This post details the careers of a few Negro League left fielders that haven’t been inducted into the Hall of Fame.
Bernardo Baro was one of the most gifted Cuban athletes to star in the Negro Leagues. He made his debut during the Deadball Era and excelled with a well-rounded game. A toolsy player, Baro had all the natural talent to excel but a serious leg injury midway through his career sapped his speed. Despite a loss of speed, Baro was one of the best average hitters in the Negro Leagues–he typically hit around .350 in his prime. But Baro was often referred to as a violent man with no control of his emotions. He died in 1930 while still an active player in his native Cuba.
A star of the Deadball Era, Jimmie Lyons played with numerous teams before World War I. He served in France during the war and a couple years after his discharge he found a home with the American Giants. He teamed with Spot Poles in the outfield for the American Giants and they were credited as the fastest outfield duo in the Negro Leagues. Lyons, who led the league in stolen bases on occasion, was a very aggressive base runner who took the extra base with little effort.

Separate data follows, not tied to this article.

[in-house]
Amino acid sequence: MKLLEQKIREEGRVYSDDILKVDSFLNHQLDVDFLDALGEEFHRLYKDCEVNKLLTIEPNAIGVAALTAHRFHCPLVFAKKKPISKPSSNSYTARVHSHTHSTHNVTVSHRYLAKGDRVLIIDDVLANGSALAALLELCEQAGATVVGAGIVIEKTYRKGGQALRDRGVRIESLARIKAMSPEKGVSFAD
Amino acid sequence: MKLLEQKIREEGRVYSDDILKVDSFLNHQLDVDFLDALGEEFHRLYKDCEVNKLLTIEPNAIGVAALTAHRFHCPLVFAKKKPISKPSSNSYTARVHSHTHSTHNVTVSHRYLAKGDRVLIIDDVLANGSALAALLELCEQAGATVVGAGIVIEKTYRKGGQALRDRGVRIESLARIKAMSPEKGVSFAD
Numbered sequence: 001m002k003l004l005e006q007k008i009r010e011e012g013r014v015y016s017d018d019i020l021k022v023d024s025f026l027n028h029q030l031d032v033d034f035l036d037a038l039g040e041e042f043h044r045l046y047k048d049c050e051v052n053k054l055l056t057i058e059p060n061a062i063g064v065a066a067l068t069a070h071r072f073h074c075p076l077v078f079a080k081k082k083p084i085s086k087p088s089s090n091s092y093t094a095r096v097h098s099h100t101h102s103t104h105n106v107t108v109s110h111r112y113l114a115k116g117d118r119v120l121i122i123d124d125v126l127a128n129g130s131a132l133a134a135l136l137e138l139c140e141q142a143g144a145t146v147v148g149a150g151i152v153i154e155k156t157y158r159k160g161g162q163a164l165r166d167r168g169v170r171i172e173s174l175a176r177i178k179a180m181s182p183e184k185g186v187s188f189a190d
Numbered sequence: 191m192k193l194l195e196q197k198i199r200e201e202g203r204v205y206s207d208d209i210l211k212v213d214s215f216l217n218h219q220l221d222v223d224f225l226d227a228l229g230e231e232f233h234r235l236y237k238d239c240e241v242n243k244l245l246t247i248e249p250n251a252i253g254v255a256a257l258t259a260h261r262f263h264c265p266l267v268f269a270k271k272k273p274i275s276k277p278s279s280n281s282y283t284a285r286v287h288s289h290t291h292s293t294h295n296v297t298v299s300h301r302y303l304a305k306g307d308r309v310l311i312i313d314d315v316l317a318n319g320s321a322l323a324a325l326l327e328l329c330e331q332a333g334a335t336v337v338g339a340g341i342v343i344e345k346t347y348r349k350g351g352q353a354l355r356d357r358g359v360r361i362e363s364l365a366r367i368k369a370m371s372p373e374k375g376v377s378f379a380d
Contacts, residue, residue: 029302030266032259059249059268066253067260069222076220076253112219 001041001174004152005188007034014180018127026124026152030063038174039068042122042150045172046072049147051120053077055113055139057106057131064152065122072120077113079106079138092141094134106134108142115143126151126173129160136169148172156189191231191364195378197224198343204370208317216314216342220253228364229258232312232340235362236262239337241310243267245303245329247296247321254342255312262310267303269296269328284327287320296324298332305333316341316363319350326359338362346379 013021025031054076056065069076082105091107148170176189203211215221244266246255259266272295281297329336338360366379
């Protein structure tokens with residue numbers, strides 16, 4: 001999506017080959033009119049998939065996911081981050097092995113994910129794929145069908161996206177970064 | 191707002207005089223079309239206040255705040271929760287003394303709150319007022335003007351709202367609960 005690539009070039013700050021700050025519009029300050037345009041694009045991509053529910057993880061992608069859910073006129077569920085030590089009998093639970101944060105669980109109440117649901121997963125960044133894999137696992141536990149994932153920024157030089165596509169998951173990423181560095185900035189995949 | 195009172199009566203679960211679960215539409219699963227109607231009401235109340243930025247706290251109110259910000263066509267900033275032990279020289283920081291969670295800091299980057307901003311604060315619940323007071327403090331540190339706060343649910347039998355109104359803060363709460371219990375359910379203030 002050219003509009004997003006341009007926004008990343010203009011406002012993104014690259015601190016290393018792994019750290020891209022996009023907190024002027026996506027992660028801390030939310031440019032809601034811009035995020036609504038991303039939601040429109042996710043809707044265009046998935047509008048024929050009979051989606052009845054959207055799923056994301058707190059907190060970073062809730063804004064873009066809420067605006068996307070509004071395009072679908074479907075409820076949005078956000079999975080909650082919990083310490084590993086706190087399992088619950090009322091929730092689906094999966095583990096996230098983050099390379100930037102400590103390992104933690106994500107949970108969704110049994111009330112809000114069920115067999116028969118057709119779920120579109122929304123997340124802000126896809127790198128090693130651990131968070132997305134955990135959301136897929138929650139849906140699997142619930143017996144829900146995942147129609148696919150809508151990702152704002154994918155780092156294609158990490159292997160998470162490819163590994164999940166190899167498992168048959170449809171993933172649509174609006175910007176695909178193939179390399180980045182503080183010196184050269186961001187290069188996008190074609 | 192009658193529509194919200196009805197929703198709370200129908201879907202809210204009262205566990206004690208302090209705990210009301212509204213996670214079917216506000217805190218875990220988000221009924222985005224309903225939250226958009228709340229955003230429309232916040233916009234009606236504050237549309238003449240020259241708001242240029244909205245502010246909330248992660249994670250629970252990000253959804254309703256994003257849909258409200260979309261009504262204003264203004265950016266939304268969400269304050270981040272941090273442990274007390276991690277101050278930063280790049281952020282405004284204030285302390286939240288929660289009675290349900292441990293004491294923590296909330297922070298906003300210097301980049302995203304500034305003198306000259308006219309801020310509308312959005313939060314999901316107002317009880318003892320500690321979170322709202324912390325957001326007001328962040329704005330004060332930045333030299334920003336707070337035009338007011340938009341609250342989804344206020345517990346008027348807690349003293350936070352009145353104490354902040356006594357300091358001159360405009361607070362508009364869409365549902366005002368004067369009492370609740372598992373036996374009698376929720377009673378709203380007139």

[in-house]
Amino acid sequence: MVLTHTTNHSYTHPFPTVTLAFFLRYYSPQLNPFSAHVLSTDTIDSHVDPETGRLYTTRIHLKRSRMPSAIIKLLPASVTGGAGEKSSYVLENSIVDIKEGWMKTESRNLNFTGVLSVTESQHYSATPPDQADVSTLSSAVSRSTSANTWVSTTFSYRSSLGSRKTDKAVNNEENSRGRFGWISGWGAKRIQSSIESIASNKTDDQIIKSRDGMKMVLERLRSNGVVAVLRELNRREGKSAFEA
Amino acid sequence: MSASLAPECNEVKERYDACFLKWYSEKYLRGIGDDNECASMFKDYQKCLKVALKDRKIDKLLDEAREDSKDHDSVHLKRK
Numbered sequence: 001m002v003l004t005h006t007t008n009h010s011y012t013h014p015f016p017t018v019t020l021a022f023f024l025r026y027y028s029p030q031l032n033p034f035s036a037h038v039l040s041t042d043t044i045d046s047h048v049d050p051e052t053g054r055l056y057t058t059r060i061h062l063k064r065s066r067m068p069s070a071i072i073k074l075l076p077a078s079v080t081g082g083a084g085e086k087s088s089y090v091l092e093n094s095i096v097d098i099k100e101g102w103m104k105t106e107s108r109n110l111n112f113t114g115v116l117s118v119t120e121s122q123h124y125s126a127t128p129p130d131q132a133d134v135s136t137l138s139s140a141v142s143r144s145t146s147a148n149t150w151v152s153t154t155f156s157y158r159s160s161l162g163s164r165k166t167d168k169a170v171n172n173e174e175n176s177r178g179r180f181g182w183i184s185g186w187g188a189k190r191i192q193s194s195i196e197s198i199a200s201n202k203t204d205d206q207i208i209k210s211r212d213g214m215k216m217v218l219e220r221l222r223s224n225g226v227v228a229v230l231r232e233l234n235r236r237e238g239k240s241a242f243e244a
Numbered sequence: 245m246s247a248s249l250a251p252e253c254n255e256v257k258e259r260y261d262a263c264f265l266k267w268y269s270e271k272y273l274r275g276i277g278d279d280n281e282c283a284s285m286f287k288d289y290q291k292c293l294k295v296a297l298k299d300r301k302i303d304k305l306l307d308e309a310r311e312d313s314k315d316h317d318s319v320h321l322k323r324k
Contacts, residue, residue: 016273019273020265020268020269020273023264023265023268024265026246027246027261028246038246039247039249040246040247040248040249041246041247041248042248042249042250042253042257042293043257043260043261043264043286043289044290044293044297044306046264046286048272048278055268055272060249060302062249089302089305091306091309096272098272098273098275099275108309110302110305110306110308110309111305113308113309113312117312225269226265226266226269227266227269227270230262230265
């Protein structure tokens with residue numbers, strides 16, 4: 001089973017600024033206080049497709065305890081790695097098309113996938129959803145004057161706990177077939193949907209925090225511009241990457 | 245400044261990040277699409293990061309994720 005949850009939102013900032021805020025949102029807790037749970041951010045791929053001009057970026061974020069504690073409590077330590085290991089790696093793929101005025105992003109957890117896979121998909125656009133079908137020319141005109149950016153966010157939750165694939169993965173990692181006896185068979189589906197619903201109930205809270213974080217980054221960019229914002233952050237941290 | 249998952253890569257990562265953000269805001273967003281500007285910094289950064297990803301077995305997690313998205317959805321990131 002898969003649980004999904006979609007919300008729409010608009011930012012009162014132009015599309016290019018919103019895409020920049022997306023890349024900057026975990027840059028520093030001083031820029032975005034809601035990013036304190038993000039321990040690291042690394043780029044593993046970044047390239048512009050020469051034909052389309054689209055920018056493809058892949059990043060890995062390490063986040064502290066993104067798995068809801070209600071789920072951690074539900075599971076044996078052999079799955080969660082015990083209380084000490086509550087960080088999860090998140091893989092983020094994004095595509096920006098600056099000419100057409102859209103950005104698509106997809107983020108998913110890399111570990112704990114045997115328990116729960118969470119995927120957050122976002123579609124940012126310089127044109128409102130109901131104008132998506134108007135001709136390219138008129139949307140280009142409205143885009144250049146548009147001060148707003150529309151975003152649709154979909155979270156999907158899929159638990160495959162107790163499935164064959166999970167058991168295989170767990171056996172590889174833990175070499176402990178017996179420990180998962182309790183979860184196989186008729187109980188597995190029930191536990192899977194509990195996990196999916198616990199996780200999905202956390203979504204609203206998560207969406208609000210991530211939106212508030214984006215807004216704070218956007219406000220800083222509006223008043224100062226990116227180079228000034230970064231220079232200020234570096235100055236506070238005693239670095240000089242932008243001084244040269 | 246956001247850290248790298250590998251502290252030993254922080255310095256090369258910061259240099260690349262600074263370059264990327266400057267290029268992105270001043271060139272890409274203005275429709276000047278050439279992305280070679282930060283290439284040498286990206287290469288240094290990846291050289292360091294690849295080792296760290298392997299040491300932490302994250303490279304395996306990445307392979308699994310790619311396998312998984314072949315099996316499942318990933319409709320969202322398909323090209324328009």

A star with the legendary Homestead Grays, Vic Harris was their left fielder throughout the late 1920s and early 1930s and later managed the club. Although a good player, Harris is best remembered as the skipper that won nine consecutive pennants (1937 to 1945) with the club. A spray-hitter with limited power, Harris is credited with a career .299 batting average. Never one to be pushed around, Harris was often called “Vicious Vic” for his tough exterior, but despite his mean streak, or perhaps because of it, he was one of the most successful managers in baseball history.
A legend in his native Dominican Republic, Tetelo Vargas was a swift outfielder who could hit for both average and power. An All-Star during the 1940s, Vargas batted in the heart-of-the-order with the Cuban Stars of New York. The right-handed hitter was a terrific ballhawk who played baseball all year round. When the Negro League season ended, he went back home and played in the Dominican. He was still playing in his mid 40s south of the border in the Mexican League after the Negro Leagues folded.